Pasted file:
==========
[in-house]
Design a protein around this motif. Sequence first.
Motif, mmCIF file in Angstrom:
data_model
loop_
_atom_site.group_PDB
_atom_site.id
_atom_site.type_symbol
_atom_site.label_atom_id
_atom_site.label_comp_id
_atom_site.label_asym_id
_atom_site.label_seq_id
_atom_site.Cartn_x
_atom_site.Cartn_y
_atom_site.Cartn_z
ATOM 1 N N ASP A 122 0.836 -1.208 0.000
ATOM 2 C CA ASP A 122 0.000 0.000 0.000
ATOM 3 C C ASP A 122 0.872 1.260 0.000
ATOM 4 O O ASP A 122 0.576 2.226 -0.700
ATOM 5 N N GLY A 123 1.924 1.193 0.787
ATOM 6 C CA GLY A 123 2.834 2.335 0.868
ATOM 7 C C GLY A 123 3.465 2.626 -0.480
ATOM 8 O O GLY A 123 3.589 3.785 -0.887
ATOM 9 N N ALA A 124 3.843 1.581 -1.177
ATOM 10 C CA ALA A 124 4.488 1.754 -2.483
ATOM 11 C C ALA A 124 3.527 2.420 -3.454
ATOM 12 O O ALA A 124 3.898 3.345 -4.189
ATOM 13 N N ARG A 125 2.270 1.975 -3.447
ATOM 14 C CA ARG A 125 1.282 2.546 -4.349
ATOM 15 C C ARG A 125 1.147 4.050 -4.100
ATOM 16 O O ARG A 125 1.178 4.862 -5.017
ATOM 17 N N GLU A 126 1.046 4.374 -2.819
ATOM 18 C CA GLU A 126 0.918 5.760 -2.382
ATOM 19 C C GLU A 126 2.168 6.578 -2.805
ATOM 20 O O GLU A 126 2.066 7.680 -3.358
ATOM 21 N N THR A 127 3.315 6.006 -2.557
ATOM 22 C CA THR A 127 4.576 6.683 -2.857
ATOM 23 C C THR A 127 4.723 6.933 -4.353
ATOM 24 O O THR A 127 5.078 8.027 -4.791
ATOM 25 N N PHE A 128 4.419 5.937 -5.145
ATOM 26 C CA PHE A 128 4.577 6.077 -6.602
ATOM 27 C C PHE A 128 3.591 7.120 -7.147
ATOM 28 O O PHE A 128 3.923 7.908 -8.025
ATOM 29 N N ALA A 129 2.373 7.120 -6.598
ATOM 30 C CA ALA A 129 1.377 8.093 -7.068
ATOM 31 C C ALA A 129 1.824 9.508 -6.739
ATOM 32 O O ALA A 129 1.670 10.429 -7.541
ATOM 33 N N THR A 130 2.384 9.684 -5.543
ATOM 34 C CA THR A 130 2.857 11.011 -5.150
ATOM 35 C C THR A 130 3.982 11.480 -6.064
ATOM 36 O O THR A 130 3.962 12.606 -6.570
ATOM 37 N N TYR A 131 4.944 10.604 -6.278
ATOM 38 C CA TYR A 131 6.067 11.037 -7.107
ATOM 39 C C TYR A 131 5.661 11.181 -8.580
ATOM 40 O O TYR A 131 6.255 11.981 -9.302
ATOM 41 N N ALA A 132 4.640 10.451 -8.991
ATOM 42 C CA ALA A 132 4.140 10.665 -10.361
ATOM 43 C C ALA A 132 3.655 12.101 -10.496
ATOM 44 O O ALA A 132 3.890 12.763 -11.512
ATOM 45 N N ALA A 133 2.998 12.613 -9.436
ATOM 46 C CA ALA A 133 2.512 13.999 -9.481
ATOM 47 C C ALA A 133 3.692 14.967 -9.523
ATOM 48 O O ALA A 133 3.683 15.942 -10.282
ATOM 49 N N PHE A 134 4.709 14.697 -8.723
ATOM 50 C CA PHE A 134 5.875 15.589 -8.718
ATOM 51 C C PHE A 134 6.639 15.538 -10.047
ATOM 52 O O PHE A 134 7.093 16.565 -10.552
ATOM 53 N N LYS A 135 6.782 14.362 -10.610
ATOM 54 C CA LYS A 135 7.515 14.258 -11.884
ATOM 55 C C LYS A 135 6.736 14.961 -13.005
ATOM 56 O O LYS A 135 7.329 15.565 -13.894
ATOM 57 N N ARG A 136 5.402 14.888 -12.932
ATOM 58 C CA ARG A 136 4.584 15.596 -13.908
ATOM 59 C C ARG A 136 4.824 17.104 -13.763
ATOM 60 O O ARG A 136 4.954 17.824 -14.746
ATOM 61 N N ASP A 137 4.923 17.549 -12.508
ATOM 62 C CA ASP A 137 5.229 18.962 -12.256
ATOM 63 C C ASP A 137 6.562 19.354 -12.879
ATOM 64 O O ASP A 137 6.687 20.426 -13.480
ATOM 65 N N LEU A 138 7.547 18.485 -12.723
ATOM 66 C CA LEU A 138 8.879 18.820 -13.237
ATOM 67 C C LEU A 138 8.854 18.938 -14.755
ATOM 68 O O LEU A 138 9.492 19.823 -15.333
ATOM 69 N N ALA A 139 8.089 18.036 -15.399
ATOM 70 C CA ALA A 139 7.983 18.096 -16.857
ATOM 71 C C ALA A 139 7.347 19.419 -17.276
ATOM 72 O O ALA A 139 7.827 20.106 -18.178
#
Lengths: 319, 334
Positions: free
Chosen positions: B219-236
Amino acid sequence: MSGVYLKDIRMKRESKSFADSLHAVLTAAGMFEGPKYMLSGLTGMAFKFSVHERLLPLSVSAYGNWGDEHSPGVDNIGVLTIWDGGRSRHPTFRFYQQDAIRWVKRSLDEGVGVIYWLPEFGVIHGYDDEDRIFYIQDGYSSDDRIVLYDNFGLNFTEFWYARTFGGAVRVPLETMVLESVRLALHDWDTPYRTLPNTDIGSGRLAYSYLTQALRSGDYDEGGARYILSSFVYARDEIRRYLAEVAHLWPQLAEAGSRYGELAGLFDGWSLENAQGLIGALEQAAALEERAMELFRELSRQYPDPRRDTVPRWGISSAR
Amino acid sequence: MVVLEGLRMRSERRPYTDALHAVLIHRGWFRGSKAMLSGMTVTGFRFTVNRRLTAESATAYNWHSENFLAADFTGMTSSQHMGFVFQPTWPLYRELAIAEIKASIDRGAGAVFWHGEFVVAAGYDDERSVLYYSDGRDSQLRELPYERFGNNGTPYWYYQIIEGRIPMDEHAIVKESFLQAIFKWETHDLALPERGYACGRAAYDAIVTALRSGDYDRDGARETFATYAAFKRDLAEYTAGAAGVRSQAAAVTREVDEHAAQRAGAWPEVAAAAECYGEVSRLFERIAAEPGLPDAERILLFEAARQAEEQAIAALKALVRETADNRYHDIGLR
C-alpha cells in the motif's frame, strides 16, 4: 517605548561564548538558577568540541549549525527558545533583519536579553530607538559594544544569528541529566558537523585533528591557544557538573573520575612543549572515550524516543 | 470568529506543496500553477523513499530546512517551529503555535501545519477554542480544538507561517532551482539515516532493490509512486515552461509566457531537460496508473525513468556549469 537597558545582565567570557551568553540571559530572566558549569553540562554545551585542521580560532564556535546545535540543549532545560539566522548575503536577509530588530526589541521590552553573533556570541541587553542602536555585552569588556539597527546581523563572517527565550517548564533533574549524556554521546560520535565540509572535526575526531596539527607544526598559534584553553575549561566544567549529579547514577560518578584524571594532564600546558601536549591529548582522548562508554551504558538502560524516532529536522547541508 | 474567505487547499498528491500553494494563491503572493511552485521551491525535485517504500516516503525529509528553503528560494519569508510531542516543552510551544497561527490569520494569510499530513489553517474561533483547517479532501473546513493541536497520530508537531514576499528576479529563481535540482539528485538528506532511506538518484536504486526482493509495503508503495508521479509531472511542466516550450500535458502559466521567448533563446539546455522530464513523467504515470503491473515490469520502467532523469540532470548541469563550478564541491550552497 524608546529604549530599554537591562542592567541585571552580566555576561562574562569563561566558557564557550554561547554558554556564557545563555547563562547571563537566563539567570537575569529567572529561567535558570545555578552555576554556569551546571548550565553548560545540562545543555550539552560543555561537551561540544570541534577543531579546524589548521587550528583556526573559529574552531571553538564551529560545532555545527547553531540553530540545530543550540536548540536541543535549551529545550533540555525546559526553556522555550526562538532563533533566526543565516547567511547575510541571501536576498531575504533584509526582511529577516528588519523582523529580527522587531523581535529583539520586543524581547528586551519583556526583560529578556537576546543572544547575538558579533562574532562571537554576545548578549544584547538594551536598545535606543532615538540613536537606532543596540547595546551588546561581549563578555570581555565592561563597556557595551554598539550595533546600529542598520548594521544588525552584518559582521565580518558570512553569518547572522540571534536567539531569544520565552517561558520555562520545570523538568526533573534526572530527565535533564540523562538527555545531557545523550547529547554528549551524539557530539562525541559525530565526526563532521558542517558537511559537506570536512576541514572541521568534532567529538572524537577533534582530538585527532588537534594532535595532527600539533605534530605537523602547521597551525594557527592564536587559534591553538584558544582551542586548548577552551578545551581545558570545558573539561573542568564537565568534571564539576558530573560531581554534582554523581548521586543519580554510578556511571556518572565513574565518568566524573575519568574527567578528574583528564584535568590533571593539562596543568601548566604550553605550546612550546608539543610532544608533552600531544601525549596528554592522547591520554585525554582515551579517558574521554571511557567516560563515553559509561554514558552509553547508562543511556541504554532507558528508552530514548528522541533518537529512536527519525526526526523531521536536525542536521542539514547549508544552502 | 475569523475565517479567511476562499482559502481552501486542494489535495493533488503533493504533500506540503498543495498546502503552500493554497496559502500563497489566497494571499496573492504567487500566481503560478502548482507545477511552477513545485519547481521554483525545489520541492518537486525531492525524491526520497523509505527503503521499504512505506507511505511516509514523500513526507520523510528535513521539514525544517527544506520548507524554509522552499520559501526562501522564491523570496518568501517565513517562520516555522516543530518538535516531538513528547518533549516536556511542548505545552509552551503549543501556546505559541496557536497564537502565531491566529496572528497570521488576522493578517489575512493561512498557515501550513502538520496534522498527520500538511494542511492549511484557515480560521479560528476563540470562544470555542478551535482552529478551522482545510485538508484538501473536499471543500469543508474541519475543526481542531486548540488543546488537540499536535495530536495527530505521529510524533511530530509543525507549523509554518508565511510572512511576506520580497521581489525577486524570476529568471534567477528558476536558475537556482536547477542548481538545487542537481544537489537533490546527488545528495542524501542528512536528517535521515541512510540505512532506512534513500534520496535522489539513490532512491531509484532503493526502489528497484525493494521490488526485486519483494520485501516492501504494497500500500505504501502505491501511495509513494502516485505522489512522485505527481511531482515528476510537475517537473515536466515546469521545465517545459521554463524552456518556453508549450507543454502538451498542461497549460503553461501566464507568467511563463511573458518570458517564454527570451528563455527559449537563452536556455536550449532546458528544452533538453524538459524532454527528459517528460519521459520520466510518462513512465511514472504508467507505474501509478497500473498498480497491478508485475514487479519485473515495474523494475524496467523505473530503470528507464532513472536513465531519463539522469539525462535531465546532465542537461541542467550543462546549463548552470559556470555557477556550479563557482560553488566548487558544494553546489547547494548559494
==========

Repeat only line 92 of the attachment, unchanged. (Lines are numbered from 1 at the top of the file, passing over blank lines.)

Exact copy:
Amino acid sequence: MSGVYLKDIRMKRESKSFADSLHAVLTAAGMFEGPKYMLSGLTGMAFKFSVHERLLPLSVSAYGNWGDEHSPGVDNIGVLTIWDGGRSRHPTFRFYQQDAIRWVKRSLDEGVGVIYWLPEFGVIHGYDDEDRIFYIQDGYSSDDRIVLYDNFGLNFTEFWYARTFGGAVRVPLETMVLESVRLALHDWDTPYRTLPNTDIGSGRLAYSYLTQALRSGDYDEGGARYILSSFVYARDEIRRYLAEVAHLWPQLAEAGSRYGELAGLFDGWSLENAQGLIGALEQAAALEERAMELFRELSRQYPDPRRDTVPRWGISSAR